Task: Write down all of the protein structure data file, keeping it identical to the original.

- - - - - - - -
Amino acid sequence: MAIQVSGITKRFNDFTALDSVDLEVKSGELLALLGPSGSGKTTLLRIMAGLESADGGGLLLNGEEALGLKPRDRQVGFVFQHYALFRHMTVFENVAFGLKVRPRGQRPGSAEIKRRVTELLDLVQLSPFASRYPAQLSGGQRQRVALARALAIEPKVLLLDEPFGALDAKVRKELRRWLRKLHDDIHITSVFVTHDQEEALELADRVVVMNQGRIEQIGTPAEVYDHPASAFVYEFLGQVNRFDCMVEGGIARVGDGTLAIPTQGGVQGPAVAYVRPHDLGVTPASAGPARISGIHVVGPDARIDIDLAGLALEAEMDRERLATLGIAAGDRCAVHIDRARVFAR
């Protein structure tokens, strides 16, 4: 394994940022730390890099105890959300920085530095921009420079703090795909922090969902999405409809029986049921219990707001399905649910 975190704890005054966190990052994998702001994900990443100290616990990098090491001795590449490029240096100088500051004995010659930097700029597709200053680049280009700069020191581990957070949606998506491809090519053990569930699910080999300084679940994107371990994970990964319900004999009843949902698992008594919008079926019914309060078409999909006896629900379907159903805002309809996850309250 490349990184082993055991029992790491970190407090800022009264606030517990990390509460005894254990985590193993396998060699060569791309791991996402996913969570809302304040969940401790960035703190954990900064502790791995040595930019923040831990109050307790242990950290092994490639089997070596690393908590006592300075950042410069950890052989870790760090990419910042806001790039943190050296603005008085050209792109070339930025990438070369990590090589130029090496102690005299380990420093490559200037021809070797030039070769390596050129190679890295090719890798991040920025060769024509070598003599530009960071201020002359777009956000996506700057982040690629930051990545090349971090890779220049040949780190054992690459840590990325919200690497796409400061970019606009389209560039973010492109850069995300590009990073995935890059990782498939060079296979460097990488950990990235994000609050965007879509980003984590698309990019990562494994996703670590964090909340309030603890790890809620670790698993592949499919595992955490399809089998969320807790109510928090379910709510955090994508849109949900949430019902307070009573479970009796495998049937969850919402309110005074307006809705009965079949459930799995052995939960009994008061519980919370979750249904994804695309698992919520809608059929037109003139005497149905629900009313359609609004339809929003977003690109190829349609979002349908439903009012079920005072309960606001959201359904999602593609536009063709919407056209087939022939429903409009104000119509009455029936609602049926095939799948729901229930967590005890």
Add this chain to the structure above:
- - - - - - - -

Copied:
Amino acid sequence: MAIQVSGITKRFNDFTALDSVDLEVKSGELLALLGPSGSGKTTLLRIMAGLESADGGGLLLNGEEALGLKPRDRQVGFVFQHYALFRHMTVFENVAFGLKVRPRGQRPGSAEIKRRVTELLDLVQLSPFASRYPAQLSGGQRQRVALARALAIEPKVLLLDEPFGALDAKVRKELRRWLRKLHDDIHITSVFVTHDQEEALELADRVVVMNQGRIEQIGTPAEVYDHPASAFVYEFLGQVNRFDCMVEGGIARVGDGTLAIPTQGGVQGPAVAYVRPHDLGVTPASAGPARISGIHVVGPDARIDIDLAGLALEAEMDRERLATLGIAAGDRCAVHIDRARVFAR
């Protein structure tokens, strides 16, 4: 394994940022730390890099105890959300920085530095921009420079703090795909922090969902999405409809029986049921219990707001399905649910 975190704890005054966190990052994998702001994900990443100290616990990098090491001795590449490029240096100088500051004995010659930097700029597709200053680049280009700069020191581990957070949606998506491809090519053990569930699910080999300084679940994107371990994970990964319900004999009843949902698992008594919008079926019914309060078409999909006896629900379907159903805002309809996850309250 490349990184082993055991029992790491970190407090800022009264606030517990990390509460005894254990985590193993396998060699060569791309791991996402996913969570809302304040969940401790960035703190954990900064502790791995040595930019923040831990109050307790242990950290092994490639089997070596690393908590006592300075950042410069950890052989870790760090990419910042806001790039943190050296603005008085050209792109070339930025990438070369990590090589130029090496102690005299380990420093490559200037021809070797030039070769390596050129190679890295090719890798991040920025060769024509070598003599530009960071201020002359777009956000996506700057982040690629930051990545090349971090890779220049040949780190054992690459840590990325919200690497796409400061970019606009389209560039973010492109850069995300590009990073995935890059990782498939060079296979460097990488950990990235994000609050965007879509980003984590698309990019990562494994996703670590964090909340309030603890790890809620670790698993592949499919595992955490399809089998969320807790109510928090379910709510955090994508849109949900949430019902307070009573479970009796495998049937969850919402309110005074307006809705009965079949459930799995052995939960009994008061519980919370979750249904994804695309698992919520809608059929037109003139005497149905629900009313359609609004339809929003977003690109190829349609979002349908439903009012079920005072309960606001959201359904999602593609536009063709919407056209087939022939429903409009104000119509009455029936609602049926095939799948729901229930967590005890």
Add this chain to the structure above: